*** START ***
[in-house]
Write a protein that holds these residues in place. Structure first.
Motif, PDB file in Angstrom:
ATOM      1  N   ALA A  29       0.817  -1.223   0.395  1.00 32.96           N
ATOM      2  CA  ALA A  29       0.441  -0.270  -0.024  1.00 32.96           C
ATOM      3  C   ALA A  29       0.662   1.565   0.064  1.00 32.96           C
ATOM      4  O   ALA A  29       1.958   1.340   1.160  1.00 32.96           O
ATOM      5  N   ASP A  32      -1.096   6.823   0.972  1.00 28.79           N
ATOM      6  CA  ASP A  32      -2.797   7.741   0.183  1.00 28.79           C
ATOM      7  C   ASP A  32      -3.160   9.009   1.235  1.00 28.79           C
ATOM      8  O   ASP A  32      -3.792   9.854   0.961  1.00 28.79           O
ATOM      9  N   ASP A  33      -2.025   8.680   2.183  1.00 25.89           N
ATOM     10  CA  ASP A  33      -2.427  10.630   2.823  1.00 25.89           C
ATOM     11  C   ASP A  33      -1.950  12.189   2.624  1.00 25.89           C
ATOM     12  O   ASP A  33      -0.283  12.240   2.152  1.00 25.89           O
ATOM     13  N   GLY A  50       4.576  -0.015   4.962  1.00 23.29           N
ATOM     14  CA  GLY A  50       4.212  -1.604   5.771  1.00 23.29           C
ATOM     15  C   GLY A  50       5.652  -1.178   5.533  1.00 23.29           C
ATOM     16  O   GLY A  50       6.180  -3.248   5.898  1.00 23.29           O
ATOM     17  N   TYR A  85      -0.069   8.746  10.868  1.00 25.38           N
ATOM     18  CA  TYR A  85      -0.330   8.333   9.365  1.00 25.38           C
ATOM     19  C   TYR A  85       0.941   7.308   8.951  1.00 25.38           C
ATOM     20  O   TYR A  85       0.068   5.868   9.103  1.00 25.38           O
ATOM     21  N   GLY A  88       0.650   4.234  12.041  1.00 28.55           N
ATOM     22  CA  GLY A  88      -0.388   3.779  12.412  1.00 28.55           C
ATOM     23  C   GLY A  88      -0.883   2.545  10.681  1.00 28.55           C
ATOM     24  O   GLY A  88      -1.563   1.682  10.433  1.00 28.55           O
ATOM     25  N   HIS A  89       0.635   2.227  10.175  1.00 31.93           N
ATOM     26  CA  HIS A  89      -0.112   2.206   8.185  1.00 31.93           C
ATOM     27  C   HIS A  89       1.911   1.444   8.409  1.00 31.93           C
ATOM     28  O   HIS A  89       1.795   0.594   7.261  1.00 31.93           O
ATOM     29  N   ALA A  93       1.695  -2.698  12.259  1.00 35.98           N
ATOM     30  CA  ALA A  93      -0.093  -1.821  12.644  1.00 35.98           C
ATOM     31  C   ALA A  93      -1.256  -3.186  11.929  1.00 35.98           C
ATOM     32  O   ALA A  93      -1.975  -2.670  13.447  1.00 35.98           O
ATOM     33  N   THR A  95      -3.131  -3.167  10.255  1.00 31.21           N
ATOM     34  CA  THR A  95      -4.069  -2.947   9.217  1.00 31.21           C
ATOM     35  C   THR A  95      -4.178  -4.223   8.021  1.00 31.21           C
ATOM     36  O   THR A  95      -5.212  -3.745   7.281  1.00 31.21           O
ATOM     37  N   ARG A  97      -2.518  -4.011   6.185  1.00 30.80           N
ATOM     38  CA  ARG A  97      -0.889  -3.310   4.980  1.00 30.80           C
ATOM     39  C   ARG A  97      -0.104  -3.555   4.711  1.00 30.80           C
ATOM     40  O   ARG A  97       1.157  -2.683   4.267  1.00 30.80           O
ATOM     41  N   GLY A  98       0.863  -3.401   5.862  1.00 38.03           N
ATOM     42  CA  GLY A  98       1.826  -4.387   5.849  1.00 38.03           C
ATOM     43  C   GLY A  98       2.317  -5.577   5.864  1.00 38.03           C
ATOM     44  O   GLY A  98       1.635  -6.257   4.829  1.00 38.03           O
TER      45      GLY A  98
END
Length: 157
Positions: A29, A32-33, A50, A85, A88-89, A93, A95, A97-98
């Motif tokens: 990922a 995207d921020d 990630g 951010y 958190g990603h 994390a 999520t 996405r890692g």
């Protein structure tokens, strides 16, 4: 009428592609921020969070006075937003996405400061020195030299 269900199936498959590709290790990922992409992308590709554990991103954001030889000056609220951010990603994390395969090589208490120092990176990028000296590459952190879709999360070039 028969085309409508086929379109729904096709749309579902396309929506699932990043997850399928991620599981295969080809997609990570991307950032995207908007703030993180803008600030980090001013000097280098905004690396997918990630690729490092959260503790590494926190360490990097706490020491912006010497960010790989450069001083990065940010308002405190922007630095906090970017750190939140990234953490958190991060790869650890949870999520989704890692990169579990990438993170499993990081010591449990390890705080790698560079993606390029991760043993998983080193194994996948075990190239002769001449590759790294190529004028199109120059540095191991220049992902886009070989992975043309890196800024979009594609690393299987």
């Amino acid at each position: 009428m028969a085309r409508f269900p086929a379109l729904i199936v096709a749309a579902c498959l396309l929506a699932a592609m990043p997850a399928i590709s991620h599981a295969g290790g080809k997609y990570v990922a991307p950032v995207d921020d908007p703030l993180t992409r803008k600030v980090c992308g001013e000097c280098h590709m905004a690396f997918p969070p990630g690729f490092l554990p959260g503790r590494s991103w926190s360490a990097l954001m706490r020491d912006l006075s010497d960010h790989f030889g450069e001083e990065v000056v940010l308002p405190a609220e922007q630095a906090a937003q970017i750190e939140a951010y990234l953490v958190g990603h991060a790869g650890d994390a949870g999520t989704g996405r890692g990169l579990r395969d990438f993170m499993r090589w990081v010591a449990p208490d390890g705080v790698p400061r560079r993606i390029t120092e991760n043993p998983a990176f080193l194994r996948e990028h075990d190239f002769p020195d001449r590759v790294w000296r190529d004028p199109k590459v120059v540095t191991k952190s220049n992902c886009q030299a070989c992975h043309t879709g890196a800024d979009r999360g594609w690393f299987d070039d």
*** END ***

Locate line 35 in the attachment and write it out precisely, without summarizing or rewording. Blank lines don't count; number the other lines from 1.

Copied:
ATOM     32  O   ALA A  93      -1.975  -2.670  13.447  1.00 35.98           O